Ever wondered what could be causing your webpages to load slowly? How to identify and Troubleshoot Web Performance issues?
Continuously monitoring the website for web performance is essential and this is exactly what we provide as a part of MDS (Managed Delivery Service) team.
Factors that affect website performance
Well, there can be a lot of factors which can result in slow performance of your website. Some of these factors include High DNS resolution time, High response time from the origin for the base page or for an embedded object which is coming from a 3rd party domain, objects blocking the critical rendering path of the website and Network congestion. All these factors can result in high page load time. The need arises for identifying and troubleshoot such issues.
Identifying and Troubleshooting Performance Issues
In order to measure the performance of website, running a test in WebPagetest.org is one of the most common way to find out how much time different objects such as HTML, CSS, Java scripts and images are taking to load. The benefit is that we can run this test from various locations and see how the website is performing from different geographical locations.
Another widely used tool is Wireshark. Wireshark is a packet sniffing tool which is extremely helpful in identifying network congestion or latency. It gives details on how the request and response looks like at each layer of the OSI model.
Now let’s say that performance of the website is extremely slow and running a webpage test, we see that for some objects there is high TTFB and for some other objects there is high content download times. High TTFB, download time values suggest that there is either high response time from the server or Network congestion in between. Also, high TTFB can sometimes be due to high DNS resolution time. Running a normal WPT will not give you the details such as IP addresses of the DNS server which is causing delays or also the IP addresses of the server to which the request is being forwarded to until and unless we pass the IP address in the HTTP response headers. We can also see objects that have high content download times in WPT but we will not be able to determine what is causing the high download times. Also, there can be a scenario that there is intermittent performance degrade for a website and running multiple tests in WPT shows objects having high download times in some tests and same objects showing very low download times in other test instances. Capturing a packet trace and analyzing it in Wireshark does show this information which can be more meaningful.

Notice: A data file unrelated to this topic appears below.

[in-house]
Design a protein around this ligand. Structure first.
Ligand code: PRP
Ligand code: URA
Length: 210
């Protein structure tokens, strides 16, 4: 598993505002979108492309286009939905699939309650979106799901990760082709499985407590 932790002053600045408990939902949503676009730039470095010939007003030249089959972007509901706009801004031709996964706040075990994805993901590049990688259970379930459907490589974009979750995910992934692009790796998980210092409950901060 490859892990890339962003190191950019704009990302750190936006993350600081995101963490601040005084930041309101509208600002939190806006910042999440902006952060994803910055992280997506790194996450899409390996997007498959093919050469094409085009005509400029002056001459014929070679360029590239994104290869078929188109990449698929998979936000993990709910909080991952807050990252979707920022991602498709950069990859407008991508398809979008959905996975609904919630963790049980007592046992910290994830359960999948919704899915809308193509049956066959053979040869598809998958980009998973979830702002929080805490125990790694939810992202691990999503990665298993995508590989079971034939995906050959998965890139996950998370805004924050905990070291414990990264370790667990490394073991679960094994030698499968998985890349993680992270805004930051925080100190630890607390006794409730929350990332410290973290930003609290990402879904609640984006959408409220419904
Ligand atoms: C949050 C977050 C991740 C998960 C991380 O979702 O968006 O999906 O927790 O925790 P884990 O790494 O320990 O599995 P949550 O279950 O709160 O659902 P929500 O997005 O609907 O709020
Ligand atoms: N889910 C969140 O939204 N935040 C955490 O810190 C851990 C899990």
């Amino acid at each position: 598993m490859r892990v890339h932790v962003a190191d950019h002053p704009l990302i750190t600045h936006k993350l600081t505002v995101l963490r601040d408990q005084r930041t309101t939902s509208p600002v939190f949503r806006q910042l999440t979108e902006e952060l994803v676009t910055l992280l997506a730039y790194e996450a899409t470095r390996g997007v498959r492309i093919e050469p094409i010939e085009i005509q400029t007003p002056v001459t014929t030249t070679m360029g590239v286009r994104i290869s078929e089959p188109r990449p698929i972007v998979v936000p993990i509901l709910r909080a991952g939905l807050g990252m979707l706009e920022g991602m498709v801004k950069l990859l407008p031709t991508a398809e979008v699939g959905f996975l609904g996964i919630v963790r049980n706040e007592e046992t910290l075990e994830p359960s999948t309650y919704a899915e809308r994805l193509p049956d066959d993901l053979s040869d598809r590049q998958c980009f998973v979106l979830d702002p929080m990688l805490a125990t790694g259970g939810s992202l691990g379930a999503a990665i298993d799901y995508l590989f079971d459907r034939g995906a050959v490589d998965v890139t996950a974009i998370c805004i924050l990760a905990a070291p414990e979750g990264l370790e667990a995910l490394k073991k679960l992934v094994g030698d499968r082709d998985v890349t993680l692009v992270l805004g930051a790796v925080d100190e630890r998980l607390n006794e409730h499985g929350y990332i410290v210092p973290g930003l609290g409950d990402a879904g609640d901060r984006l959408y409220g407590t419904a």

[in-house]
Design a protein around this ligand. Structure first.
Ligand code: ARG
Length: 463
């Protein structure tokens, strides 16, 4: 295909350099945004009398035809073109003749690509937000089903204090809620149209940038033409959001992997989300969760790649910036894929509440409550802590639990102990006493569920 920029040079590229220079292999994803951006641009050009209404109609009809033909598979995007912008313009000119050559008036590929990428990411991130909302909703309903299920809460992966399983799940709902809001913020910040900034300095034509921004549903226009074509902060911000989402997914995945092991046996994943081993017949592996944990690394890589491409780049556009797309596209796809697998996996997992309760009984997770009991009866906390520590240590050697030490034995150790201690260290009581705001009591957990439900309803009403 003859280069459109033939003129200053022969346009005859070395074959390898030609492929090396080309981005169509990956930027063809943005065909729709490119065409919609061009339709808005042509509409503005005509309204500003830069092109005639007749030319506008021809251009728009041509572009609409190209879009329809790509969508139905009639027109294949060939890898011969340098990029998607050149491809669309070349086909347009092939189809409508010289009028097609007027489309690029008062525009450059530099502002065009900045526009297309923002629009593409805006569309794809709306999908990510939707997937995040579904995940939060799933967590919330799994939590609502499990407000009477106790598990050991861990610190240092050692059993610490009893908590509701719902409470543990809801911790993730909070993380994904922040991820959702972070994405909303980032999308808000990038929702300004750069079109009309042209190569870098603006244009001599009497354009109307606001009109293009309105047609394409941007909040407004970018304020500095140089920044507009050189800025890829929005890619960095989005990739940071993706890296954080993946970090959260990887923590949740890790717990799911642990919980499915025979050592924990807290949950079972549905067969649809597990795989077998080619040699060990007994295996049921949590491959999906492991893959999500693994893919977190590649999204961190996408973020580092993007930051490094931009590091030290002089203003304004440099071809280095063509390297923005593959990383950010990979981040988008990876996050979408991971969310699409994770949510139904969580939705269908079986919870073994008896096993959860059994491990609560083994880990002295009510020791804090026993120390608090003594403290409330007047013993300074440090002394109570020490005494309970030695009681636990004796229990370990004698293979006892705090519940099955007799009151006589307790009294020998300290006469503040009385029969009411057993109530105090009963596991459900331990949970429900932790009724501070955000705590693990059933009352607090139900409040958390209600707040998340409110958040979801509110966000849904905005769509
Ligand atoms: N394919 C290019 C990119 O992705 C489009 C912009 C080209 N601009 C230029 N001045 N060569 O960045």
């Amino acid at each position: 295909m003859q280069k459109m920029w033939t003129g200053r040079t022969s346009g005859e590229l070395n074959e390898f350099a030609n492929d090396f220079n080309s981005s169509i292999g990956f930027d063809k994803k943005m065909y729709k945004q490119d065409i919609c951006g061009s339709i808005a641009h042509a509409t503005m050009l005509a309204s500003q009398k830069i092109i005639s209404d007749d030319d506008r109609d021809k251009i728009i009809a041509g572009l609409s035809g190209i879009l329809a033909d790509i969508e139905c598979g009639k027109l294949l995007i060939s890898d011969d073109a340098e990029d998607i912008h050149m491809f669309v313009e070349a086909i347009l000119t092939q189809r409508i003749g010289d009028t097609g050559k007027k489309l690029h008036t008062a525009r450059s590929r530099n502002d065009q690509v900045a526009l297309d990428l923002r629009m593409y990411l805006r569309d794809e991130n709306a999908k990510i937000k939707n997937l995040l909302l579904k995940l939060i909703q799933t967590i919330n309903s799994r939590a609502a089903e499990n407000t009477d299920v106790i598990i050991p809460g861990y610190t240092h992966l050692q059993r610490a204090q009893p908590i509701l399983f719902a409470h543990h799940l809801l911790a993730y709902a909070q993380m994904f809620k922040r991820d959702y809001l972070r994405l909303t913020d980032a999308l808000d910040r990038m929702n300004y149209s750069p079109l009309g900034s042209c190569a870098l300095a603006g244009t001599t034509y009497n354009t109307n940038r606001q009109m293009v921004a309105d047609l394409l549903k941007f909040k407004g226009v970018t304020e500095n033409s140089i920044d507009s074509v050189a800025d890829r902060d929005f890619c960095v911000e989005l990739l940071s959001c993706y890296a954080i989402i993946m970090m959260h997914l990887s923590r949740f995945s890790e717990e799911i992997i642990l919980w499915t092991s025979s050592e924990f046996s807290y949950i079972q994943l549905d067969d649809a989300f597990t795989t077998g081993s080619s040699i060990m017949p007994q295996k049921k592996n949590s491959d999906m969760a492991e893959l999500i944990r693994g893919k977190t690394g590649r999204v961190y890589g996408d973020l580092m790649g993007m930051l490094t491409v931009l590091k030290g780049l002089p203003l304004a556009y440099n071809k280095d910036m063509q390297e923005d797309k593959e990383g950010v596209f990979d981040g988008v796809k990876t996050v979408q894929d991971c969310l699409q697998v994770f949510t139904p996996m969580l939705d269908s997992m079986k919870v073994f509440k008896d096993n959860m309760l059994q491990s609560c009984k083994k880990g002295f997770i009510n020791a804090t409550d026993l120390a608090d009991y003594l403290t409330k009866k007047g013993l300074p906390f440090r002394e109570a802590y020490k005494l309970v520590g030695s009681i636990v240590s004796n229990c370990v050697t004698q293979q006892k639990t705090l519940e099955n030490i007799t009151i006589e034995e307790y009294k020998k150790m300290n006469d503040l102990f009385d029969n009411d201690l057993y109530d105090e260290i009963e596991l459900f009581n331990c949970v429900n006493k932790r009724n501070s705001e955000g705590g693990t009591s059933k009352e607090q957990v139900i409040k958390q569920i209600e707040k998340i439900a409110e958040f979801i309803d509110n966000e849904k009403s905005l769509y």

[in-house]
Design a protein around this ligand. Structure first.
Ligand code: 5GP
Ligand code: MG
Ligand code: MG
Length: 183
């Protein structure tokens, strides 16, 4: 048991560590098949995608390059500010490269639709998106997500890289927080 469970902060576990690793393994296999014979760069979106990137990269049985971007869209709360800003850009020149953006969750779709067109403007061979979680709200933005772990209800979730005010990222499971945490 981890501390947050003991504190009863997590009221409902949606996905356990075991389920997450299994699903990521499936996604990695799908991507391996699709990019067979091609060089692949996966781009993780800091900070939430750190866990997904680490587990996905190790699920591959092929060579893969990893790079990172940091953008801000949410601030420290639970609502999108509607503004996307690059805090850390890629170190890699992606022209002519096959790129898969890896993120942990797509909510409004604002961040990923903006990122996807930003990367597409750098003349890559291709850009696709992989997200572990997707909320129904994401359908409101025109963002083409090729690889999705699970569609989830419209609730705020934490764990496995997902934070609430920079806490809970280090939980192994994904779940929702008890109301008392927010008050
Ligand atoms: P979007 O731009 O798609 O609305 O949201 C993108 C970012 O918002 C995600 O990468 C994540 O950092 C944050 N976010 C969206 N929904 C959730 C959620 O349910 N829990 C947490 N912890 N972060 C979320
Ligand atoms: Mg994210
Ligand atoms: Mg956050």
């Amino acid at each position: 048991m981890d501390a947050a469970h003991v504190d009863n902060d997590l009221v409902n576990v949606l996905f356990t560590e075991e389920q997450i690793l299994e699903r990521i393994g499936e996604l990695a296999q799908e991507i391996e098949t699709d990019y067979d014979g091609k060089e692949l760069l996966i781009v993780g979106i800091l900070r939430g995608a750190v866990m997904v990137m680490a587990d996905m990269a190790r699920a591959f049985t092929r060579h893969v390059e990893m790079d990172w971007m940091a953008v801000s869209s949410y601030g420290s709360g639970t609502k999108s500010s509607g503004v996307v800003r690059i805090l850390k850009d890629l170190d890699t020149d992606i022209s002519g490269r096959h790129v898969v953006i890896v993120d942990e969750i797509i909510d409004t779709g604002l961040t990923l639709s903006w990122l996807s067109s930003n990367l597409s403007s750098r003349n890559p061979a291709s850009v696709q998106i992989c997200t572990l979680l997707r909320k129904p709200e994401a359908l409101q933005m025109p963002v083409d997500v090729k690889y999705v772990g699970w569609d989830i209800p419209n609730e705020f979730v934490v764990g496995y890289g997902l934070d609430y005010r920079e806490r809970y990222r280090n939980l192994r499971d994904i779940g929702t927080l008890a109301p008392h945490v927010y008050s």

Also, WebPagetest.org allows us to take a tcpdump for every test that we run. This tcpdump is a packet capture which can be analyzed using Wireshark. By checking this option in the advance settings, WPT will also capture a packet trace. The good thing is that if we run more than 1 test, the tcpdump will be captured for all the tests.
Common issues which can be analyzed using Wireshark by taking a tcpdump
- High DNS lookup time
In case you run into issues where you are seeing high DNS lookup time in WPT causing overall page load time to increase, you can analyze the corresponding tcpdump in Wireshark to see which DNS server is causing latency.
In the above screenshot, you can see the DNS 172.31.0.2 took approximately 0.9 seconds to respond back with the answer to DNS query.
Also, you can take a look at whether all the domains in the base HTML are being pre-fetched or not. DNS prefetching will help in reducing the time for DNS lookup and hence would improve overall page load time.
- High TTFB and content download times
In case you run into issues where you are seeing high TTFB or content download times in WPT causing overall page load time to increase, you can analyze the corresponding tcpdump in Wireshark to see if there are any TCP retransmissions or Duplicate acknowledgements indicating Network congestion. TCP retransmissions usually happen when an acknowledgement is not received for a particular segment within a specified time. The sender will assume the segment was lost in the network, and will retransmit the segment.
TCP retransmissions can be appear in the Network due to multiple reasons such as Duplex mismatch between the sender and the receiver. In most modern equipment auto negotiation works correctly. Retransmissions can also appear in network if there are large number of broadcasts. These can really cause high latency.
In order to avoid retransmissions in the Network, few best practices are to look for large number of broadcasts at the time of the issue, make use of selective acknowledgements (SACK) and Nagle’s Algorithm.